Example #1
0
        static void Main(string[] args)
        {
            // Create some constants.
            Expression A = 2;
            Constant B = Constant.New(3);

            // Create some variables.
            Expression x = "x";
            Variable y = Variable.New("y");

            // Create a basic expressions.
            Expression f = A*x + B*y + 4;

            // This expression uses the implicit conversion from string to
            // Expression, which parses the string.
            Expression g = "5*x + C*y + 8";

            // Create a system of equations from the above expressions.
            var system = new List<Equal>()
            {
                Equal.New(f, 0),
                Equal.New(g, 0),
            };

            // We can now solve the system of equations for x and y. Since the
            // equations have a variable 'C', the solutions will not be
            // constants.
            List<Arrow> solutions = system.Solve(x, y);
            Console.WriteLine("The solutions are:");
            foreach (Arrow i in solutions)
                Console.WriteLine(i.ToString());

            // A fundamental building block of ComputerAlgebra is the 'Arrow'
            // expression. Arrow expressions define the value of one expression
            // to be the value given by another expression. For example, 'x->2'
            // defines the expression 'x' to have the value '2'.

            // The 'Solve' function used above returns a list of Arrow
            // expressions defining the solutions of the system.

            // Arrow expressions are used by the 'Evaluate' function to
            // substitute values for expressions into other expressions. To
            // demonstrate the usage of Evaluate, let's validate the solution
            // by using Evaluate to substitute the solutions into the original
            // system of equations, and then substitute a value for C.
            Expression f_xy = f.Evaluate(solutions).Evaluate(Arrow.New("C", 2));
            Expression g_xy = g.Evaluate(solutions).Evaluate(Arrow.New("C", 2));
            if ((f_xy == 0) && (g_xy == 0))
                Console.WriteLine("Success!");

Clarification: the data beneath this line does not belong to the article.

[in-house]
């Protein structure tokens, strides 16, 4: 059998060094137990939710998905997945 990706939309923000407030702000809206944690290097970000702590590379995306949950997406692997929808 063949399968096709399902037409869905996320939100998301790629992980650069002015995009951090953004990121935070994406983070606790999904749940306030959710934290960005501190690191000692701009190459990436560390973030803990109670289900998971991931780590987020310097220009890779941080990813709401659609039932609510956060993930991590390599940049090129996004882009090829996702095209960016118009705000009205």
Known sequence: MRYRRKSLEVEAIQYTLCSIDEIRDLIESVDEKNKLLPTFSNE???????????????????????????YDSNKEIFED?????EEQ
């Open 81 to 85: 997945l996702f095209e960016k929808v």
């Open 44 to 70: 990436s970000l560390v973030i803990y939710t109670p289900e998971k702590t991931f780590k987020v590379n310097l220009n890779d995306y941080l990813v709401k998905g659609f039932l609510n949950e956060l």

else
                Console.WriteLine("Failure! f = {0}, g = {1}", f_xy, g_xy);

            // Suppose we need to evaluate the solutions efficiently many times.
            // We can compile the solutions to delegates where 'C' is a
            // parameter to the delegate, allowing it to be specified later.
            var x_C = x.Evaluate(solutions).Compile<Func<double, double>>("C");
            var y_C = y.Evaluate(solutions).Compile<Func<double, double>>("C");

            for (int i = 0; i < 20; ++i)
            {
                double C = i / 2.0;
                Console.WriteLine("C = {0}: (x, y) = ({1}, {2})", C, x_C(C), y_C(C));
            }
        }
Example #2
0
        // Expand N(x)/D(x) using partial fractions.
        private static Expression ExpandPartialFractions(Expression N, Expression D, Expression x)
        {
            List<Expression> terms = new List<Expression>();
            List<Variable> unknowns = new List<Variable>();
            List<Expression> basis = new List<Expression>();
            foreach (Expression i in Product.TermsOf(D))
            {
                // Get the multiplicity of this basis term.
                Expression e = i;
                int n = Power.IntegralExponentOf(e);
                if (n != 1)
                    e = ((Power)i).Left;

                // Convert to a polynomial.
                Polynomial Pi = Polynomial.New(e, x);

                // Add new terms for each multiplicity n.
                for (int j = 1; j <= n; ++j)
                {
                    // Expression for the unknown numerator of this term.
                    Expression unknown = 0;
                    for (int k = 0; k < Pi.Degree; ++k)
                    {
                        Variable Ai = Variable.New("_A" + unknowns.Count.ToString());
                        unknown += Ai * (x ^ k);
                        unknowns.Add(Ai);
                    }

                    terms.Add(Product.New(unknown, Power.New(e, -j)));
                }
                basis.Add(i);
            }

            // Equate the original expression with the decomposed expressions.
            D = Sum.New(terms.Select(j => (Expression)(D * j))).Expand();
            Polynomial l = Polynomial.New(N, x);
            Polynomial r = Polynomial.New(D, x);

            // Equate terms of equal degree and solve for the unknowns.
            int degree = Math.Max(l.Degree, r.Degree);
            List<Equal> eqs = new List<Equal>(degree + 1);
            for (int i = 0; i <= degree; ++i)
                eqs.Add(Equal.New(l[i], r[i]));
            List<Arrow> A = eqs.Solve(unknowns);

            // Substitute the now knowns.
            return Sum.New(terms.Select(i => i.Evaluate(A)));
        }